Feeling electrified anger at her latest betrayal, he was deafened to the sound of Justin leaving the truck. Sitting for a long time, cell phone in hand, he wondered how his personal life could have gone so wrong, but could come up with no rational answer. Finally resolved to give his son what he needed Dylan telephoned his lawyers.
Balancing a pink cake box on both hands, Carolina walked through the open-air shopping complex smiling warmly at everyone she passed. As she drew even with a child seated on a bench, she felt warm winds stirring. The boy looked to be the same age as the twins, his lowered lashes glistening like gold dust in the spring sunlight. She tuned into his sorrow, feelings of loss, estrangement, indignation and loathing. Without hesitation, she turned and asked compassionately, “Do you need help?” His tears fell in response. Sitting at his side, she offered him her Irish lace handkerchief, waiting patiently until his distress ran its course.
After a time the boy lifted red-rimmed eyes to meet her gaze and she resisted the acute drive to hug him close, instead asking, “Is there someone I can call for you?”
With his eyes fixed on hers Justin shook his head, terrified of uttering the words he desperately wanted to say, that he knew her. With shy fingers, he touched the back of her soft hand resting on the bench near him, felt awesome tuning fork like vibrations travel from her skin into his and he inhaled her familiarly unique fragrance of meadow flowers, honey and fiery chili peppers. Strangled by emotion and round eyed with wonder, Justin sat silently staring, basking in her protection and warmth.
Carolina knew she shouldn’t have allowed the boy to touch her, reproached herself for permitting the charged contact to continue. She simply wanted him to feel happier for a moment. Children were definitely her weakness because she was unlikely to ever bear any of her own and this child was extraordinary, his energy positively wrapping around her, trying to blend with her own, as if they were long-time acquaintances. Deciding the contact had gone on far longer than was good for either of them, she eased her hand away just as a tall man stopped in front of them.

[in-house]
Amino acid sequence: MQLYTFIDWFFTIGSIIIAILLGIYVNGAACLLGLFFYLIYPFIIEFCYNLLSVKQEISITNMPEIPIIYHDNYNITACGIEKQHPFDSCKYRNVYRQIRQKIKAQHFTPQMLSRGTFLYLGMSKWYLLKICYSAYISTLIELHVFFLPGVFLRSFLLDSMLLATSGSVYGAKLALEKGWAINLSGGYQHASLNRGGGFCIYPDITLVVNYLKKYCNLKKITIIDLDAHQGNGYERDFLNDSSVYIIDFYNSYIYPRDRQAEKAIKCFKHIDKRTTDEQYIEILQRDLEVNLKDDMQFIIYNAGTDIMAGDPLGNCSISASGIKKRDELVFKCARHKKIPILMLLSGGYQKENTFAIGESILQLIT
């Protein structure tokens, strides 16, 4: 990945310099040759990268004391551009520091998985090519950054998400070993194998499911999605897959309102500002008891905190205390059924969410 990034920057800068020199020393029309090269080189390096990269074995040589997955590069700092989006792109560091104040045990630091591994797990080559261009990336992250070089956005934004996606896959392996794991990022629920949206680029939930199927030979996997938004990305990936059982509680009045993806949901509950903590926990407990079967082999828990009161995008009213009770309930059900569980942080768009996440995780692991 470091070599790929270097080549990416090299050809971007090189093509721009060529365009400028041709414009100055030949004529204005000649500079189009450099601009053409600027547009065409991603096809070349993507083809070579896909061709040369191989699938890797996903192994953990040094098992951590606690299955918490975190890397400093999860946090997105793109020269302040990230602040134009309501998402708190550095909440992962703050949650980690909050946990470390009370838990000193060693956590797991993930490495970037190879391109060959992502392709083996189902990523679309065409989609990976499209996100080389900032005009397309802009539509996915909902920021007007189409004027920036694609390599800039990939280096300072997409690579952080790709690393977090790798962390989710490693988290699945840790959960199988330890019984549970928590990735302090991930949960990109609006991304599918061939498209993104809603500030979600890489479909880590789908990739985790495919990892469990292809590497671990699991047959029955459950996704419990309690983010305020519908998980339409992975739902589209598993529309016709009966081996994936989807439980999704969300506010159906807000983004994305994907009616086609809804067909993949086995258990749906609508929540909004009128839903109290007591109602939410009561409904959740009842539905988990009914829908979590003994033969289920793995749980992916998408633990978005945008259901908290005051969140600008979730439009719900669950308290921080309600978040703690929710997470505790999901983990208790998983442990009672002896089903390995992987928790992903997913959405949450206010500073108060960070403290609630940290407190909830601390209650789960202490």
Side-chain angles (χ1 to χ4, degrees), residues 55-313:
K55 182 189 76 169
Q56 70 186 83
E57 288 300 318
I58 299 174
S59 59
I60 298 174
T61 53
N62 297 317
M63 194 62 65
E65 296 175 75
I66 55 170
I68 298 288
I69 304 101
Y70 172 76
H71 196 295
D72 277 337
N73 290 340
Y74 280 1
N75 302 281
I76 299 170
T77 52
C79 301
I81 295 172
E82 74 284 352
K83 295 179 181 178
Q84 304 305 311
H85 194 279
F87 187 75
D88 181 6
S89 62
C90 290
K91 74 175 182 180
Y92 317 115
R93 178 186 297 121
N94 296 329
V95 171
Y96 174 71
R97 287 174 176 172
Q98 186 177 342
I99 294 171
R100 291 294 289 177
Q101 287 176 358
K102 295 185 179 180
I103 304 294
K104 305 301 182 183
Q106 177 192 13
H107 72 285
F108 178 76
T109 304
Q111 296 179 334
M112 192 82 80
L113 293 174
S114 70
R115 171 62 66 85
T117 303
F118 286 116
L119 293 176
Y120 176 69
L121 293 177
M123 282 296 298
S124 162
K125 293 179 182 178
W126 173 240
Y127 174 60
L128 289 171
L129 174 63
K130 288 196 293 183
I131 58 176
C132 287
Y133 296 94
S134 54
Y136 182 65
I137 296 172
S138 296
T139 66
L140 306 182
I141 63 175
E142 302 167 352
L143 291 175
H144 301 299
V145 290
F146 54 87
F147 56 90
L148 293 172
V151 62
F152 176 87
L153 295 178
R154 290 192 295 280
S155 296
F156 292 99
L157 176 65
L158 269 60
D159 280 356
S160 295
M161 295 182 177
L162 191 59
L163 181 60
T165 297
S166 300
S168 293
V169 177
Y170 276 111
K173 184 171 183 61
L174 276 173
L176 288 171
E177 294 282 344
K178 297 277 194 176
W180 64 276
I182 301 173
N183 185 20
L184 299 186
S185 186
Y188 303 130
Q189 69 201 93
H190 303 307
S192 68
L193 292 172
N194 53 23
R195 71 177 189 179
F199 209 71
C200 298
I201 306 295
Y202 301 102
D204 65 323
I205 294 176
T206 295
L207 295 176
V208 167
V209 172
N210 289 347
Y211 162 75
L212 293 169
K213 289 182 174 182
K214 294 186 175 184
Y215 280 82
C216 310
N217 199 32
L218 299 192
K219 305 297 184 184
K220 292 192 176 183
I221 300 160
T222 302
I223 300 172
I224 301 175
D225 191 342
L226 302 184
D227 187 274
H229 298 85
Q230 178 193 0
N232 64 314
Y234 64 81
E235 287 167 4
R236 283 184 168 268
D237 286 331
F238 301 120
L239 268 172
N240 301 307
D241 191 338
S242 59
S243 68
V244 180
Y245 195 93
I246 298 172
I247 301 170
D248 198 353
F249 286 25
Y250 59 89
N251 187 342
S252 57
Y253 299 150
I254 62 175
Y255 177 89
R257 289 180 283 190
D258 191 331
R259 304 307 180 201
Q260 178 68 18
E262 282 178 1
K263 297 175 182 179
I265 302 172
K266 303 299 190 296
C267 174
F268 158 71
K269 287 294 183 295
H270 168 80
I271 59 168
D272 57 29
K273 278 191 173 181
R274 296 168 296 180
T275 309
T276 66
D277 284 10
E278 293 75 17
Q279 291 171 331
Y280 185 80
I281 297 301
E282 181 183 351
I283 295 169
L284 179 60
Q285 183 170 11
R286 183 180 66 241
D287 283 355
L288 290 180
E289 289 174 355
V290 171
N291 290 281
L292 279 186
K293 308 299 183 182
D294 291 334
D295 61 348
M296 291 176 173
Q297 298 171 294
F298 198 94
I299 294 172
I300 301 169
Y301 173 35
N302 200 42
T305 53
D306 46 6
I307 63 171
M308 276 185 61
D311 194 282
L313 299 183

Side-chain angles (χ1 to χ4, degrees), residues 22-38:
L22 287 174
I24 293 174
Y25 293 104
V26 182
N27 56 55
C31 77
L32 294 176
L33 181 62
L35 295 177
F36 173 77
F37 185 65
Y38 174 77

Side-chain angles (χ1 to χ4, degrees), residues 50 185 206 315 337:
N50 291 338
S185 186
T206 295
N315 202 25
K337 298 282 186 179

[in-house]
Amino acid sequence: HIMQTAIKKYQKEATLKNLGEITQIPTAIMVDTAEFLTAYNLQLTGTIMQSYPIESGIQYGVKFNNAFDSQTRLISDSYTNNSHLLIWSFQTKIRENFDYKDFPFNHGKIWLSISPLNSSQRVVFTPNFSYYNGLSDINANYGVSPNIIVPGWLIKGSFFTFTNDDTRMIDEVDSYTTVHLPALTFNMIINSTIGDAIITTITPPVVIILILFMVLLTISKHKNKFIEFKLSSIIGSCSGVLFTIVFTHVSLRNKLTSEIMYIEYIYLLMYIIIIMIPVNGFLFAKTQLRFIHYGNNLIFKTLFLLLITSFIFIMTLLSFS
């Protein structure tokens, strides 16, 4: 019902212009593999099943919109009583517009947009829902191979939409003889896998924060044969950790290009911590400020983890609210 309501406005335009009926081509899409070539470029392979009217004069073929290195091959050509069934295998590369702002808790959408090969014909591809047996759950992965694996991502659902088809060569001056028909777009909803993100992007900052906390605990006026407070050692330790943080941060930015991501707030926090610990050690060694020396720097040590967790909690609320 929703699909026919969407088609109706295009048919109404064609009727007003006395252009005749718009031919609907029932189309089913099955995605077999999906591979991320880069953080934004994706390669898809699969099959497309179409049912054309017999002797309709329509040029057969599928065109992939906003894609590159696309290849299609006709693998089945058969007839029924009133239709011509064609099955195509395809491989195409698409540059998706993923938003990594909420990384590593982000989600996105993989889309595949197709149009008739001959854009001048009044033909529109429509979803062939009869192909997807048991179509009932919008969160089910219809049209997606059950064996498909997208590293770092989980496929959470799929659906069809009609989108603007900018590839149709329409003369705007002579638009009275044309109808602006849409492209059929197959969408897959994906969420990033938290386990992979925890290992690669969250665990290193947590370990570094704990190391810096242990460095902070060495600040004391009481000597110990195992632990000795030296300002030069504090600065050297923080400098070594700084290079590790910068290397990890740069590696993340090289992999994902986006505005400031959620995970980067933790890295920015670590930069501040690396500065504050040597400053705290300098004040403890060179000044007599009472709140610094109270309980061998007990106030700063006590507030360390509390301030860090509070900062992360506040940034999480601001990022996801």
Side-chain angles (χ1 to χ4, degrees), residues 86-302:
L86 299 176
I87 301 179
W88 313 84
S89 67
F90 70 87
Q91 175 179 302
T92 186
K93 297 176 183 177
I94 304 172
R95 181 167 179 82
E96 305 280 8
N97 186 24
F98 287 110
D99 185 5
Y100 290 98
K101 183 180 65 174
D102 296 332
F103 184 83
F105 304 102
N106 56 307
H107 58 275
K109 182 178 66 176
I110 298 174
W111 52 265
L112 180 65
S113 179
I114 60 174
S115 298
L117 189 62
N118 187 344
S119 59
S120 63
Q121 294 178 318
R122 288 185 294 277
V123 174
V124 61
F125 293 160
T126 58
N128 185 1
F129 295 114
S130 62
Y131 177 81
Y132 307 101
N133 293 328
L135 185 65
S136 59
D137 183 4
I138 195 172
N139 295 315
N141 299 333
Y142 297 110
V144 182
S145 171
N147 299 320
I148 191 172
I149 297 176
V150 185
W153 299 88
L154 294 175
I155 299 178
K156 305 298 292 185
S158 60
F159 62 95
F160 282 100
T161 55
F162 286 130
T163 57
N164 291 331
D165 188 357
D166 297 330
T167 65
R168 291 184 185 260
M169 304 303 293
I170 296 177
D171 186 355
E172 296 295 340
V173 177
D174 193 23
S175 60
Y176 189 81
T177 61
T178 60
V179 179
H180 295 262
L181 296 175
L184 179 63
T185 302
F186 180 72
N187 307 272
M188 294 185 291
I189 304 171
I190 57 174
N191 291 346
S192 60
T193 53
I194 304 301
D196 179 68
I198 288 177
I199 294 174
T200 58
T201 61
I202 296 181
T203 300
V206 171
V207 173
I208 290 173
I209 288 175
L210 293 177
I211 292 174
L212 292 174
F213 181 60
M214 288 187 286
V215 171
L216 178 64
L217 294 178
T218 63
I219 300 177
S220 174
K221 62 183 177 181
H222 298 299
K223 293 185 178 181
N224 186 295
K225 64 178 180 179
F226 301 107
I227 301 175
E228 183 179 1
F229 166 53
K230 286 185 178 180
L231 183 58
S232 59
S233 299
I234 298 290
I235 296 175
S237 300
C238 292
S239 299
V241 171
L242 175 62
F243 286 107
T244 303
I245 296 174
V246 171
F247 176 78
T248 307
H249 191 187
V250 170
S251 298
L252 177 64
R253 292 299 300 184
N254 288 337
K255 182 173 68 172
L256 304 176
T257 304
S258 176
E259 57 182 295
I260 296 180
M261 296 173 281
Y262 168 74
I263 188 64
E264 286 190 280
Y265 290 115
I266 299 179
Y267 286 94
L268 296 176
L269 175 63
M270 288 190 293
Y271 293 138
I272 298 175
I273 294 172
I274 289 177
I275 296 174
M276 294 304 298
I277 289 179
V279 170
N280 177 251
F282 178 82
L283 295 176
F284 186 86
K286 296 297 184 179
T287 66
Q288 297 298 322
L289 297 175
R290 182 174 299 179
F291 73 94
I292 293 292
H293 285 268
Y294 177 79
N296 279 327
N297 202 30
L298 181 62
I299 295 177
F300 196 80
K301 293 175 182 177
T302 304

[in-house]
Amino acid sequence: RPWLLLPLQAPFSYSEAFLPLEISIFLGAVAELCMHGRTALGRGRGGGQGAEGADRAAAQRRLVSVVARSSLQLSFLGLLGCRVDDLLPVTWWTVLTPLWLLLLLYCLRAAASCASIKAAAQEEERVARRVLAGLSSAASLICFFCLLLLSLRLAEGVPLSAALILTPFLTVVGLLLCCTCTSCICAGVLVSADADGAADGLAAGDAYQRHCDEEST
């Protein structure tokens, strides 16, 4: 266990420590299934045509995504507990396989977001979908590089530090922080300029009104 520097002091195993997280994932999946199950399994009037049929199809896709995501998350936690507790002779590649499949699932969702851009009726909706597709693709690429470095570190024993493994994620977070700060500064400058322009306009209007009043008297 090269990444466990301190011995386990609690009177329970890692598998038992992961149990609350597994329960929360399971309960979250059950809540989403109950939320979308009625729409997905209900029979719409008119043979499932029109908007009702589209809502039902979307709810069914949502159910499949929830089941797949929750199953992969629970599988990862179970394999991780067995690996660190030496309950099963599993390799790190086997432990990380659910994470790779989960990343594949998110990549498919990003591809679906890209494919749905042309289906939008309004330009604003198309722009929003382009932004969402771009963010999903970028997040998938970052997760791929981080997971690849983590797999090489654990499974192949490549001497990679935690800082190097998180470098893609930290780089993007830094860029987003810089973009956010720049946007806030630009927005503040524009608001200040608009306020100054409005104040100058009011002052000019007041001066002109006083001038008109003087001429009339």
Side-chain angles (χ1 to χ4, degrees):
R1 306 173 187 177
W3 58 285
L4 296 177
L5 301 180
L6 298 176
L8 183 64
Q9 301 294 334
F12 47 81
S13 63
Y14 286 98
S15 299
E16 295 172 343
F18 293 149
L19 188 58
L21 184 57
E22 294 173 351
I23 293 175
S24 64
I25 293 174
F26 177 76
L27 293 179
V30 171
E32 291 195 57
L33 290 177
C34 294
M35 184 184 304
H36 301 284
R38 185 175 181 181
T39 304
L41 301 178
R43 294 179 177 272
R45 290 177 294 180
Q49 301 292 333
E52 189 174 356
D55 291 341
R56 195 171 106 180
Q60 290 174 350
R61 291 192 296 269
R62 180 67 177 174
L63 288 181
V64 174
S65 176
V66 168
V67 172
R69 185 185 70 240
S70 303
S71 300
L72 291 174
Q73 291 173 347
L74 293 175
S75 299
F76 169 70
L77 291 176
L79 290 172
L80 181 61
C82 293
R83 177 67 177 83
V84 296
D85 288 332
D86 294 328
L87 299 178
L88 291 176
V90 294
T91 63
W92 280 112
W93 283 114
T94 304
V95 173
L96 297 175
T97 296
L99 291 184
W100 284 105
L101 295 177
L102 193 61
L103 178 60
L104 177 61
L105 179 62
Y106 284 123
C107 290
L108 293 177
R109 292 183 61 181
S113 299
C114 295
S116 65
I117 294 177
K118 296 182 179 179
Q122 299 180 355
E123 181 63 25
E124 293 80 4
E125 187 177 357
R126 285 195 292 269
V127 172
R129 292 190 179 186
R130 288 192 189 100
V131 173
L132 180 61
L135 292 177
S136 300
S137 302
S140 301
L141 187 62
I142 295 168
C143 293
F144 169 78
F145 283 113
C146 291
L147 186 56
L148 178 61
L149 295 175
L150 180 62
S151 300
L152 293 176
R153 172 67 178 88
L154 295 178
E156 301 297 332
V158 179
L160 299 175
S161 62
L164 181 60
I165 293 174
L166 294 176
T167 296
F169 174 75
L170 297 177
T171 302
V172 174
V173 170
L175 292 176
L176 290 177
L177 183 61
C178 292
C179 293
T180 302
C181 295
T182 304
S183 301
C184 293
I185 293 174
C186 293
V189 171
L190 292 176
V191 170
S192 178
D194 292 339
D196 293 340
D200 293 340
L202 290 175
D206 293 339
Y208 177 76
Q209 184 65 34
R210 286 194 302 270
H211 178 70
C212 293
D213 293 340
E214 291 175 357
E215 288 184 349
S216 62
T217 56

Carolina looked from one to the other, taking in their identical appearances: shoulder length, golden blond hair, tan skin, extraordinary lapis-blue eyes, the cleft chins and judged them father and son. She hesitated, concerned for the child's well-being, but seeing only relief on the man's face and sensing overwhelming adoration in the child for his father she felt comfortable leaving. Pulling a card from her purse, she placed the thick, white rectangle of rare opaque paper, containing her contact information, on the bench, offering, “If you need to talk, and with your father's permission of course, call me.”
Gathering her possessions, she moved past the man and fleetingly brushed his forearm with her fingertips to offer a small gesture of comfort. In return, she was awarded a look of immense gratitude. Carolina took her leave of them. Yet, having progressed only a few feet she was compelled to look back, experiencing the sensation of determined hands pulling at her and she heard a faint breeze carrying unvoiced words of longing as light as the flapping of butterfly wings. Her eyes met the golden haired duos' for a heartbeat, and with a friendly wave farewell, she proceeded on her way.
When the doorbell rang, Carolina had just finished preparing dinner. Ridding herself of her floral apron, she hurried into the entryway. With a warm smile in place, she opened the door and was surprised to see the freshly outfitted, golden-haired duo she'd encountered earlier. The tall man was dressed in faded jeans and a long-sleeve, chambray shirt, attire that emphasized the powerful muscles of his body. An imposing, hand tooled, brown leather belt, with a highly polished silver buckle that read 'Savage', encircled his trim waist, hinting at the washboard contours underneath. The boy at his side wore denim cargo shorts and a vinca-blue tee. In the child's hands was a huge yellow planter overflowing with large flowers of deep blue, their glossy green leaves edged in bright white. Heartbeat accelerating, she stared at the boy, feeling sharp pangs in her damaged and ever empty womb. Her eyes studied the beautiful lapis-blue of his own, and then shifted again to the pleasingly familiar color of his shirt, both similar to the hue of the flowers he offered. Again she felt his energy twining around her and she couldn't stop her emotionally whispered, “I love Periwinkle blue.”